The Struggles of Recovery
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EMILY REUBEN: The refugees from this disaster are now fighting for their survival. Here in Pakistan-controlled Kashmir, 20 miles from the capital, they’re desperate for food, for blankets, for anything. This man said he’s been waiting three days for aid. If anything, the need is greater now and as winter approaches it’s growing day by day. This was once the capital Muzaffarabad’s football stadium. Today it’s what the desperate are calling home — 2,000 refugees without running water, without electricity.
They’re living under whatever they can find, but what they desperately need are winter tents to keep them warm. “We cannot survive without shelter,” said this mother. “How will the children live without a tent?”
It’s the sheer size of this disaster that has taken aid agencies by surprise. Today U.N.’s emergency relief coordinator said today it demanded a response like no other. He called for an airlift of hundreds of thousands stranded in the mountains of Kashmir
JAN EGELAND: Think bold, think big, think creatively. We’re humanitarians. We don’t know how you evacuate hundreds of thousands of people out in the Himalayas, but the most effective military alliance in the world should be able to know that. And in a way that’s what I say to NATO member states: Imagine if it was your citizens, what would you do?
EMILY REUBEN: NATO has been dropping food to remote areas since Tuesday, but humanitarian expertise has been dwarfed here by this impossible terrain. It’s so inaccessible, a quarter of people still haven’t even been reached. But using NATO helicopters to evacuate people is a far more radical move that some say just won’t work.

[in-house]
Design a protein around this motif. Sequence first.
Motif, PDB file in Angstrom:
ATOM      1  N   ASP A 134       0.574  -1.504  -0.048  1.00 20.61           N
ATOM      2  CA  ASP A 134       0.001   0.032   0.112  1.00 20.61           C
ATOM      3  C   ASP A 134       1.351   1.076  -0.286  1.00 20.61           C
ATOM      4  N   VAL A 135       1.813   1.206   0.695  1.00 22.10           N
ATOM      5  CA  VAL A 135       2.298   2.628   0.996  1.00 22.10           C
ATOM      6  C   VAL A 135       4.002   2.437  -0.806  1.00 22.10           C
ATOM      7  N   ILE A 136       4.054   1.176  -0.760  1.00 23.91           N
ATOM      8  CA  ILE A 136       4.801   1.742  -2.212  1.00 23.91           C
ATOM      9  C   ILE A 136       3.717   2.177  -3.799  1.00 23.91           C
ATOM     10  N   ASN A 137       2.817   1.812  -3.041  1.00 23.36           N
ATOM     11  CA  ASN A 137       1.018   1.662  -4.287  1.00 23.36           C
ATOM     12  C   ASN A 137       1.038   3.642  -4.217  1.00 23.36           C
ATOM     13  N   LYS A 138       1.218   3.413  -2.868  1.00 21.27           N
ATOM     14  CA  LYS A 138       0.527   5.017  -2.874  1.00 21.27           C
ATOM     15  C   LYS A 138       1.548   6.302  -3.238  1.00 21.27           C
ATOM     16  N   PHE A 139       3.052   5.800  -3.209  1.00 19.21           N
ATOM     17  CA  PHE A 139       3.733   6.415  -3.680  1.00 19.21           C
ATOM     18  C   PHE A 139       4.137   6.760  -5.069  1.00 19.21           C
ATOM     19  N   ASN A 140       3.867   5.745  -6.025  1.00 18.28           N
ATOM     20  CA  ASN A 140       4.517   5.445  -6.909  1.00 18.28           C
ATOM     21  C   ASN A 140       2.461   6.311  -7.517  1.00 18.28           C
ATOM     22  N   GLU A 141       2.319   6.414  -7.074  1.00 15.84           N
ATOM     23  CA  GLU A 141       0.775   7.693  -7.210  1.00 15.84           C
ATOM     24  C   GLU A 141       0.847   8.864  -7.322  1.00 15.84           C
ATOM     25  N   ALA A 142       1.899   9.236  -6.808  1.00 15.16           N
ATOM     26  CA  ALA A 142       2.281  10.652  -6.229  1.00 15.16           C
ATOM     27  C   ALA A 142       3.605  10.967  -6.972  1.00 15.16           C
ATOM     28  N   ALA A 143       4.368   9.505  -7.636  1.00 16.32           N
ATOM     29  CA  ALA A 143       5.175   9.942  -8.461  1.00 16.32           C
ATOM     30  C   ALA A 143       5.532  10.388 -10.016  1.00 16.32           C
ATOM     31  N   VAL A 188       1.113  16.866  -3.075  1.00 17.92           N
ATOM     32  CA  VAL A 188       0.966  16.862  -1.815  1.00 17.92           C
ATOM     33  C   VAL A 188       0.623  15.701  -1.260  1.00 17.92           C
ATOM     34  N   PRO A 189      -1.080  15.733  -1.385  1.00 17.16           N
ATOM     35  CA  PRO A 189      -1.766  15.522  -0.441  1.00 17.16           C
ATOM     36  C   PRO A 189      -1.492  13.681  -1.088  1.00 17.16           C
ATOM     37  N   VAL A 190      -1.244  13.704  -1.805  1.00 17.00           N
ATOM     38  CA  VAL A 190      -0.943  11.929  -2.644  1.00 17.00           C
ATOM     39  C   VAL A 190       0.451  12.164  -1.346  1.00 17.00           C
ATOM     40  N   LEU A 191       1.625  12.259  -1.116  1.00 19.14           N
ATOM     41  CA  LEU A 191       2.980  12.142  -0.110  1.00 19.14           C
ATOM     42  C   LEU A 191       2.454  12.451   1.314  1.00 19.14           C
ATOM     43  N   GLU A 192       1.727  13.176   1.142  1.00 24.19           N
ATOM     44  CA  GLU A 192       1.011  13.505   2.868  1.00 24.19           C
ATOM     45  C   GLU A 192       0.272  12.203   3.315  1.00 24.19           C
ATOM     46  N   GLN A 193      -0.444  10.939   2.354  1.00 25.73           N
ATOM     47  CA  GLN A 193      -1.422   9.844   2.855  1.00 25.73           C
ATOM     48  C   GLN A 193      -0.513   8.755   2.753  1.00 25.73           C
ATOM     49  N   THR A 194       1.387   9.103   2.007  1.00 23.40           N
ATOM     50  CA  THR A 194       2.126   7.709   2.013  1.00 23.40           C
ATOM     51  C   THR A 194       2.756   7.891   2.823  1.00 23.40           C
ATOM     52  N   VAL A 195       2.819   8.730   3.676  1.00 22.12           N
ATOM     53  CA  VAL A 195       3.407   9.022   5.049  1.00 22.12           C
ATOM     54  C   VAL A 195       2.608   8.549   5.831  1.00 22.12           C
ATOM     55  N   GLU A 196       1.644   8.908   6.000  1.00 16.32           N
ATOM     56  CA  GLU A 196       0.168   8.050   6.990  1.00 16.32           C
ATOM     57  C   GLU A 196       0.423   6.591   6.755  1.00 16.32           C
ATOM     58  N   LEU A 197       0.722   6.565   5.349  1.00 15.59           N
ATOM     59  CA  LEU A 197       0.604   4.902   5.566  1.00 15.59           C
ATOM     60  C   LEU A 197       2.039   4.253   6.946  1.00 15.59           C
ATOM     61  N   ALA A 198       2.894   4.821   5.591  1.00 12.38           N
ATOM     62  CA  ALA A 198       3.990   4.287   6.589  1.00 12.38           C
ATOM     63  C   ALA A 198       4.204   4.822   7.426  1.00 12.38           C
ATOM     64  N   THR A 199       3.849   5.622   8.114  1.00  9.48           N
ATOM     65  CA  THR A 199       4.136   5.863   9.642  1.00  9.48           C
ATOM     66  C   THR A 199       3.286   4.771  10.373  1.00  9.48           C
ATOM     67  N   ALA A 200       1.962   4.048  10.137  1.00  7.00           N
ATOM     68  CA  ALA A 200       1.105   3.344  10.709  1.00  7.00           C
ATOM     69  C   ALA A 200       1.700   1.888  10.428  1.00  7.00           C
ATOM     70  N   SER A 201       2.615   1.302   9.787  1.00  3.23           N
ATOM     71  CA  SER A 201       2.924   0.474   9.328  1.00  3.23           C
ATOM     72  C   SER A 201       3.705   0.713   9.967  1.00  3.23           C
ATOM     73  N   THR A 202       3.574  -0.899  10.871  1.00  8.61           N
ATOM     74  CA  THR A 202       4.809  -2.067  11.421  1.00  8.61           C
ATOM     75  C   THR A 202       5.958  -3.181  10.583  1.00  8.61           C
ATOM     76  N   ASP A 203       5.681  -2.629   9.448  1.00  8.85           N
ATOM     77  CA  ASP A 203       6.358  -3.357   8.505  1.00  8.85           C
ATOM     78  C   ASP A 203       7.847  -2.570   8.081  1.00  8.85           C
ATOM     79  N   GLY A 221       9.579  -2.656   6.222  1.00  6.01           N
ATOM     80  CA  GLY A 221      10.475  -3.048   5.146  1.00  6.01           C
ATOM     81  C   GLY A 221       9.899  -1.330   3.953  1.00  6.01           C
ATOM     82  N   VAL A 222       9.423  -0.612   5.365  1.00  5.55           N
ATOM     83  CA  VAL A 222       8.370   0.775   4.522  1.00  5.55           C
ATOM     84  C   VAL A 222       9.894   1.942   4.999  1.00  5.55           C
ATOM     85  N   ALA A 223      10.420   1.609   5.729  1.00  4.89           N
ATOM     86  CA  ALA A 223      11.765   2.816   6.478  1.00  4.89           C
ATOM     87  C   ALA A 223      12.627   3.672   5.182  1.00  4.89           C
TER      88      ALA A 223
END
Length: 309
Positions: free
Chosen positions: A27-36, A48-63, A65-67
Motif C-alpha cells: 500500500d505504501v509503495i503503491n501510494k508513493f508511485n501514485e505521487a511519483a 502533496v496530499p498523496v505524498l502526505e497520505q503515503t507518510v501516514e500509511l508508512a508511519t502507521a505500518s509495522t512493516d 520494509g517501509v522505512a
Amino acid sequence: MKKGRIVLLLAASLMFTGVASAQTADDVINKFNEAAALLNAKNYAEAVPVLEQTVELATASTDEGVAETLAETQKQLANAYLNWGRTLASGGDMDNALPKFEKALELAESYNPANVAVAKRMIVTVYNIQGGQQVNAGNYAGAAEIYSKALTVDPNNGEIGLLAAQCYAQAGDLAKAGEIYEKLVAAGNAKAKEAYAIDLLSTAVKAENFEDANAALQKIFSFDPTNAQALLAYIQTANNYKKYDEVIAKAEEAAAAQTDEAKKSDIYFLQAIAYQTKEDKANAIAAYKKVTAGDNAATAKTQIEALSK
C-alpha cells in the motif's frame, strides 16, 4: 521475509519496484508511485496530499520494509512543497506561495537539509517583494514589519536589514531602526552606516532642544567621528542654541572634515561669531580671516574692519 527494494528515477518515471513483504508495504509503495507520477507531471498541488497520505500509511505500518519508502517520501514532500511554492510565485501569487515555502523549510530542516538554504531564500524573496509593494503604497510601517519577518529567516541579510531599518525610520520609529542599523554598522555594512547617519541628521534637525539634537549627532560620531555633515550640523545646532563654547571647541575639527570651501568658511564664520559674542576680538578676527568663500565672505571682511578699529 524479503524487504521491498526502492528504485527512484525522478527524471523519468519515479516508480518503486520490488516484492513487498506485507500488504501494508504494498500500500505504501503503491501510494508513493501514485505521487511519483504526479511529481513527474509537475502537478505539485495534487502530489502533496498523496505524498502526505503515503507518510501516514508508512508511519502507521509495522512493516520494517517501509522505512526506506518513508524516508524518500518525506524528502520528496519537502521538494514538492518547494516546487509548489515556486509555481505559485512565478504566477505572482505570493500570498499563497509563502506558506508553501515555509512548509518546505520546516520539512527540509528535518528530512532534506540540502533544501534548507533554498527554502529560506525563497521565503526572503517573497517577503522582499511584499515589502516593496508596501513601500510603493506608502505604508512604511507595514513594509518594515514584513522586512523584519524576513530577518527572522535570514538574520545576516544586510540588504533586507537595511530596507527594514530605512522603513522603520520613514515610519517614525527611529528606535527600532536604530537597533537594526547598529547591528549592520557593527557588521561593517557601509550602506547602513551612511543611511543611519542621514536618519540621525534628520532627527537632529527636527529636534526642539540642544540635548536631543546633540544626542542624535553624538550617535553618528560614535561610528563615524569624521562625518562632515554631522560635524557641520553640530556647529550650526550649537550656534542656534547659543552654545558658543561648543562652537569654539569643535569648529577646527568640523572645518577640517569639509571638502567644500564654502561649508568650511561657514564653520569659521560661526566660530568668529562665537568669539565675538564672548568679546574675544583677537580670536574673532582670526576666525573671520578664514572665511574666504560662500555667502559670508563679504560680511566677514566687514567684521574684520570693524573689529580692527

PAUL ANTACONI, British Red Cross: And those 25 percent are not all waiting on a football pitch with a nice landing strip saying, “I’m ready to come out. Come and get me.” They are up in the mountains. They’re cold. They’re injured. They’re unhappy. They’re angry.
EMILY REUBEN: The political struggle that has ripped Kashmir in two for more than 50 years looks for now to have been put aside — the Mujahadeen Kashmiri Islamic militant group, offering food and shelter.
JIM LEHRER: And to Ray Suarez.
RAY SUAREZ: For an update on the relief effort we turn to Afshan Khan, deputy director of emergency operations at UNICEF, and Michael Hess, assistant administrator at the U.S. Agency for International Development, the federal government’s lead humanitarian assistance agency.
Afshan Khan, we just saw that report on the desperate nature of this relief, but is anything getting better? Can we point to some areas of improvement where there had been some real desperate suffering earlier that’s now being relieved?
AFSHAN KHAN: Thank you, Mr. Lehrer. Yes, there’s been some improvement. We can say water has been restored to half of the citizens in Muzaffarabad. But I think as you saw the logistical challenges in this crisis are huge. The number of children we have been not able to reach in the mountains is estimated at 120,000. The next three weeks will be critical to survival of those children. And we anticipate that at least half a million children, or close to half a million children will be in remote mountain villages that we still have not managed to reach. The challenges there are huge.
RAY SUAREZ: Michael Hess, it’s said one of the pinch points, one of the bottlenecks is the supply of helicopters. Why is it so hard to get helicopters to a specific country on the globe?